There is so much potential for a school trip to Cern, home to the most cutting edge physics laboratory in the world. Not only has the Large Hadron Collider (LHC) allowed the theory of quantum physics to gain momentum, but the scope for future research is vast. In fact, ideas for a £20bn accelerator named the Future Circular Collider (FCC) are fast becoming a reality. |
Pupils on a school trip to Cern will have the opportunity to learn all about the future plans for this fascinating project.
The Future of Cern
It’s hard to imagine an accelerator that is four times longer and ten times more powerful than the LHC, but that’s exactly what is being proposed. The idea behind its size is that it will become possible to unearth new subatomic particles within the next 30 years.
While there are sceptics, the Director-General of Cern is very excited about the proposal, what it could teach us and how it could advance technologies that have a positive impact on society.
Currently the idea is in its infancy, but it has been submitted to an international panel of particle physicists in conceptual design format.Other submissions will also be received but this one has gained significant interest. The plan is to build an accelerator that is 100km in diameter and, while the proposal is ambitious, it is very exciting.
Engineers are already building prototypes and testing components that may be incorporated into the design so that the accelerator can work at higher energies. A new tunnel under Cern would have to be built, and then a ring would be installed with the purpose of colliding electrons with their positively charged counterparts, called positrons.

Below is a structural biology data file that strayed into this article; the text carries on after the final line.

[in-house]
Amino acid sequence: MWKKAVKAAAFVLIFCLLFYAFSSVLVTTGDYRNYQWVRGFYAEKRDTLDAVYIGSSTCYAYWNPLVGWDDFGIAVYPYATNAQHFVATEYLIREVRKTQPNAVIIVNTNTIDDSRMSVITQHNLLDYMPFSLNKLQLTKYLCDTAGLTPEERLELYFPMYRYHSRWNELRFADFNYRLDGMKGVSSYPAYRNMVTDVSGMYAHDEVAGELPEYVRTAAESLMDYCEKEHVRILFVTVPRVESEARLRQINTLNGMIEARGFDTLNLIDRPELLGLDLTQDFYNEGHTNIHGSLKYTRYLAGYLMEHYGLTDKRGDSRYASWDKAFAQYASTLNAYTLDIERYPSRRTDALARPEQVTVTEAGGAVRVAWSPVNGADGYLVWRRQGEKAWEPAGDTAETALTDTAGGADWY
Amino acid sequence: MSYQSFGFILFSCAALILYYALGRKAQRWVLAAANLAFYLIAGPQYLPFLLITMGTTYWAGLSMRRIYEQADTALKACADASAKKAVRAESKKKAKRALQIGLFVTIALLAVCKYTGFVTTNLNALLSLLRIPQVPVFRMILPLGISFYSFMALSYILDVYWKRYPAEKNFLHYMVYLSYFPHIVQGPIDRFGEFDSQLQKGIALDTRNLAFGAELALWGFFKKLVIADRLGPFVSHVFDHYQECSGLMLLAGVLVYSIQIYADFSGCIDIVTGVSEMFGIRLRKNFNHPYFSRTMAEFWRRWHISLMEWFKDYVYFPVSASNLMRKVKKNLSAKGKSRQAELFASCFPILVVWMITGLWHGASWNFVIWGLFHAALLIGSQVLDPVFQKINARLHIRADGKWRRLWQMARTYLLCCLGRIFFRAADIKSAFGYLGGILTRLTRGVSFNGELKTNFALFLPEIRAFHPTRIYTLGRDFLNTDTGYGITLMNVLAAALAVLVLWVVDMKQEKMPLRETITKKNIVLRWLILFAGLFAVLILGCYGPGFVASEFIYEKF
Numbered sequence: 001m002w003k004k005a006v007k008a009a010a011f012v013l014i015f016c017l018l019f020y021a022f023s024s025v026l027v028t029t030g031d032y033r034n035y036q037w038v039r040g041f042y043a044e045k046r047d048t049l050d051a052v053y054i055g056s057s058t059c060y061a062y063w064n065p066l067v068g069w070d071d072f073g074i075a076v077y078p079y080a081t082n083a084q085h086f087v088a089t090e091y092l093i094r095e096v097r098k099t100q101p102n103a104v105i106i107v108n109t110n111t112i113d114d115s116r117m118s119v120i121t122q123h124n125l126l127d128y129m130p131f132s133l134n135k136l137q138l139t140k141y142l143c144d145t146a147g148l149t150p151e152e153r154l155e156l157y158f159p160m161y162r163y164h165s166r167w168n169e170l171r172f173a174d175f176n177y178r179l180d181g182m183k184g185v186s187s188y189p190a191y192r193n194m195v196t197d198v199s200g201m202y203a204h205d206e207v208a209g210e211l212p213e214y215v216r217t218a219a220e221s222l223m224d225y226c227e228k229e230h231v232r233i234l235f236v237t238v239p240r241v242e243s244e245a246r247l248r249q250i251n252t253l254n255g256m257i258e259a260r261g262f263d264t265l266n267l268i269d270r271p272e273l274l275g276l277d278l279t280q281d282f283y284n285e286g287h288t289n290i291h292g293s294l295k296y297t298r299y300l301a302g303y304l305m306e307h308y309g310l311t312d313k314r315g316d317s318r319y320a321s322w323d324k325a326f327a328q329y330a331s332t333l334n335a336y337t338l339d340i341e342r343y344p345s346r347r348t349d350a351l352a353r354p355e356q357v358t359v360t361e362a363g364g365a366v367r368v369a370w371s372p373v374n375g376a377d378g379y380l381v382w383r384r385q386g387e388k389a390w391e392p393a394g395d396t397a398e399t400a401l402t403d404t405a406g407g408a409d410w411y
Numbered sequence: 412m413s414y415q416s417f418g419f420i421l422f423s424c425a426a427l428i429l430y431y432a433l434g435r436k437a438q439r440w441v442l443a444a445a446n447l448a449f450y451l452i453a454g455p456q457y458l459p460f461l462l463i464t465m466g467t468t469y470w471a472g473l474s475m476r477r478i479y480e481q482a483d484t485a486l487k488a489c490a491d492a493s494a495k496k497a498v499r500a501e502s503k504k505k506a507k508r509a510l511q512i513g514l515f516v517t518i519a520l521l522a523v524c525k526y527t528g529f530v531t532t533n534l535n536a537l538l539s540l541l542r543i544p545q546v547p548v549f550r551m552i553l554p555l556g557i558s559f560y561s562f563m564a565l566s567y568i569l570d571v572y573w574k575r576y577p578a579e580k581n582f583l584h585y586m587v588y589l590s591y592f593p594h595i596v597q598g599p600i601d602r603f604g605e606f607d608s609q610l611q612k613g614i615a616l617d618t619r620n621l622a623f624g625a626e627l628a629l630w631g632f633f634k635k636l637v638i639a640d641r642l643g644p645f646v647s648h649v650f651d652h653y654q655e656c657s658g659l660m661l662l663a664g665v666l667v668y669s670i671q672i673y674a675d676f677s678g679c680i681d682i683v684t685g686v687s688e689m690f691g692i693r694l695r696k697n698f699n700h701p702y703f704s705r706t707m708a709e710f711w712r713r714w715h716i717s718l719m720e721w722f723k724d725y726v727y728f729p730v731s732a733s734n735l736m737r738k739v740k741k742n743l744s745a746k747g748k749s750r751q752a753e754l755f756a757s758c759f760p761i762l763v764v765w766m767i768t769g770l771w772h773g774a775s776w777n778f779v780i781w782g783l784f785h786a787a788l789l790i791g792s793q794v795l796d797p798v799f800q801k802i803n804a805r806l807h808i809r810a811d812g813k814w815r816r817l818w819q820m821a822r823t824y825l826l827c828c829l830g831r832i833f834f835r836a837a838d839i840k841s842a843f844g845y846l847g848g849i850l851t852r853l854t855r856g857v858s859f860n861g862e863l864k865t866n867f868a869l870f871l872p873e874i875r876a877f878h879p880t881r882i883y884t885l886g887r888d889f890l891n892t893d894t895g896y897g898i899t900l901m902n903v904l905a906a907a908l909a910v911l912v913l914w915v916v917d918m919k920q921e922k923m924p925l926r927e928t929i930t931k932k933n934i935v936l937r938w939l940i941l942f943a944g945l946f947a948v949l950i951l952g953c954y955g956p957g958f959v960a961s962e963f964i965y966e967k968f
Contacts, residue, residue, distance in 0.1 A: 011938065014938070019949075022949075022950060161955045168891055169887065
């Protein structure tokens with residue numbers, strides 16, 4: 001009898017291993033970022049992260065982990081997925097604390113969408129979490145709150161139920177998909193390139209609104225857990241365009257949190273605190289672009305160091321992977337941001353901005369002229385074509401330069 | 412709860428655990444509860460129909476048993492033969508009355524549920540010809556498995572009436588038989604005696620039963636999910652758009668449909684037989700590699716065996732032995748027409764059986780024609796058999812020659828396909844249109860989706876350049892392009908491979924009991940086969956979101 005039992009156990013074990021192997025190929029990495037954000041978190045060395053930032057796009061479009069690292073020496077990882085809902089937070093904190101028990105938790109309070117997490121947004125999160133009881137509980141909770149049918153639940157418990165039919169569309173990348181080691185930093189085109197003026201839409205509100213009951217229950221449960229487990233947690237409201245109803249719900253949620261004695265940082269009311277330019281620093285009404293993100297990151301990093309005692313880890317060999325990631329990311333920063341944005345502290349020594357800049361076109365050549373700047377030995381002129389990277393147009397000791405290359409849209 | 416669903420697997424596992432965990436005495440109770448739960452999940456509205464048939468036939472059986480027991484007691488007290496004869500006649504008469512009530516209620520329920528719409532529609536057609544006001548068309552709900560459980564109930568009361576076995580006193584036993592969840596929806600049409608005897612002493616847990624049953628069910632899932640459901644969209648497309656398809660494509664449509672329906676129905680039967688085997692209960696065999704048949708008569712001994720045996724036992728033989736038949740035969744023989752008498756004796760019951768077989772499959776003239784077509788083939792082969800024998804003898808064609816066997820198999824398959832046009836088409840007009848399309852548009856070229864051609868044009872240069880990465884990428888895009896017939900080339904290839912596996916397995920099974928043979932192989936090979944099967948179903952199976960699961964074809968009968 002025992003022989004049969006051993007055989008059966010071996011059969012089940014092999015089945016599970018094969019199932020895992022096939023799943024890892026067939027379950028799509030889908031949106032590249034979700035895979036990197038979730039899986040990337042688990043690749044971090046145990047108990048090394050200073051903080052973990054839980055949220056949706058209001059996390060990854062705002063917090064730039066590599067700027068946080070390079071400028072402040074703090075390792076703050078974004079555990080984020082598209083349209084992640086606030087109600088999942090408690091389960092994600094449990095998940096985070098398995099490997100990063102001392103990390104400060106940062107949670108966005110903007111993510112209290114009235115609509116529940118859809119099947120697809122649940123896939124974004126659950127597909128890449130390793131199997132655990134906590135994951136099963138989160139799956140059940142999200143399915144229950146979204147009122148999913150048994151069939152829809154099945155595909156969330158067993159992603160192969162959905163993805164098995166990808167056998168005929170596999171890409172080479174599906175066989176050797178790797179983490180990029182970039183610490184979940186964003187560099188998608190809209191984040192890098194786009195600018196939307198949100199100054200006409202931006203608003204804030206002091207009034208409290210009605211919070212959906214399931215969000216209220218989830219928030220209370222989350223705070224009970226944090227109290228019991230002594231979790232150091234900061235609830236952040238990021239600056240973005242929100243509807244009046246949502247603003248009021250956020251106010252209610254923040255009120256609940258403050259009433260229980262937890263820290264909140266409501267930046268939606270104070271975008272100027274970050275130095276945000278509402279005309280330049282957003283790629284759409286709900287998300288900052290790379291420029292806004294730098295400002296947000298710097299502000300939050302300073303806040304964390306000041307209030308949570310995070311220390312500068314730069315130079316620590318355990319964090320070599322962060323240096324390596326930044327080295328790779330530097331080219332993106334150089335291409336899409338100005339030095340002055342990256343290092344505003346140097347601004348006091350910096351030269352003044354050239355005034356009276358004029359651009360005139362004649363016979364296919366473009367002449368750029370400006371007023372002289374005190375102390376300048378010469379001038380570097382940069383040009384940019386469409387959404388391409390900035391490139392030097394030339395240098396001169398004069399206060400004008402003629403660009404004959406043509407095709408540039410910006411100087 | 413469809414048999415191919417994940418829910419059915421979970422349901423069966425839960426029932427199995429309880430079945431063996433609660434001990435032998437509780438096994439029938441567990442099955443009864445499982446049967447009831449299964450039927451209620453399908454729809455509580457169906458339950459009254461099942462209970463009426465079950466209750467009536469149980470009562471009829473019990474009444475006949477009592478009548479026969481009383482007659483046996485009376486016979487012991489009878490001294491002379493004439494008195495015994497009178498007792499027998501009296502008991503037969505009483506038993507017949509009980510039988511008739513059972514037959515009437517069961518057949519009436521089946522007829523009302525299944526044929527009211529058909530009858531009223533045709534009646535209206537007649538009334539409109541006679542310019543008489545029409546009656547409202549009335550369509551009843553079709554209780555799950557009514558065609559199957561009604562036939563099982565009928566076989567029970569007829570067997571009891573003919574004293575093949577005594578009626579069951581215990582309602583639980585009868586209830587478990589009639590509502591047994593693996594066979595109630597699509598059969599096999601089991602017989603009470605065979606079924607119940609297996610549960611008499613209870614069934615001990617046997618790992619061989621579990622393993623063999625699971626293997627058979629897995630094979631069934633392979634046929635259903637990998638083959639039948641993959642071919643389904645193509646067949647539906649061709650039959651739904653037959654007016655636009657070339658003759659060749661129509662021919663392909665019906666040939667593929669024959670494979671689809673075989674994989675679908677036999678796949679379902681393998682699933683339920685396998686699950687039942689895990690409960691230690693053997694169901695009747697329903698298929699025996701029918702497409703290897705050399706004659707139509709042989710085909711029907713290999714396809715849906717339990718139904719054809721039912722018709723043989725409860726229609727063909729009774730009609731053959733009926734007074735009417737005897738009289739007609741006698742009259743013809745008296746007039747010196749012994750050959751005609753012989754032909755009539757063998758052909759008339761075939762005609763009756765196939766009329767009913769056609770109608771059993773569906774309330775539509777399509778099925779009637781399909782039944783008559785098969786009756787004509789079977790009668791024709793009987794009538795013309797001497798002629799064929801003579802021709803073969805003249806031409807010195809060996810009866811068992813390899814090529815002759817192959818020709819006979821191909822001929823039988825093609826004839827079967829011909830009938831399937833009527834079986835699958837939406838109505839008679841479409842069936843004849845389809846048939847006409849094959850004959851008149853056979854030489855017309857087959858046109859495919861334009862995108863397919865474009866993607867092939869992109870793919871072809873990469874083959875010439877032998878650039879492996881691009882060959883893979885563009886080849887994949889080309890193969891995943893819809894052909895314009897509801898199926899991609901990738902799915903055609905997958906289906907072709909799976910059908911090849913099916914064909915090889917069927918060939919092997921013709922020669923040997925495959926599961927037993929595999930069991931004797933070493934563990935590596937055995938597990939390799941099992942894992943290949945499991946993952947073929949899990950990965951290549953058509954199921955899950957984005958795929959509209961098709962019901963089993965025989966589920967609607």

Once this becomes established, protons would be collided with electrons in stage 2, with the final stage involving colliding protons together with a force that equates to ten times higher than that produced in the LHC.
The hope is that collisions at this high energy level will help scientists discover a whole new set of particles that can tell us more and more about how our universe ticks. (The subatomic particles we are aware of currently only play a relatively small role in the natural forces that govern the universe around us.)
While the Standard Model of Subatomic Physics (something you should talk about with your students before your school trip to Cern) serves its purpose (and was a huge achievement for science), astronomers believe that there is more to the universe, much of which can’t be explained by the Standard Model.
Scientists yearn to discover the theory of everything: the deeper processes that tie all of the natural forces together and unite the general theory of relativity and quantum physics. The hope is that the new FCC can help do just that.
Booking a school trip to Cern is best done through a specialist operator. While you plan the educational side of the experience, the booking company will take care of the logistics, the itinerary, the accommodation and the travel.
John Gardiner is the Managing Director of The School Travel Company, a tour operator specialising in educational trips in destinations all over the world. Whether you’d like to organise a school trip to Cern, exciting tours around North America or day trips in the UK, this company will work with you to design bespoke outings to suit the needs of your students.
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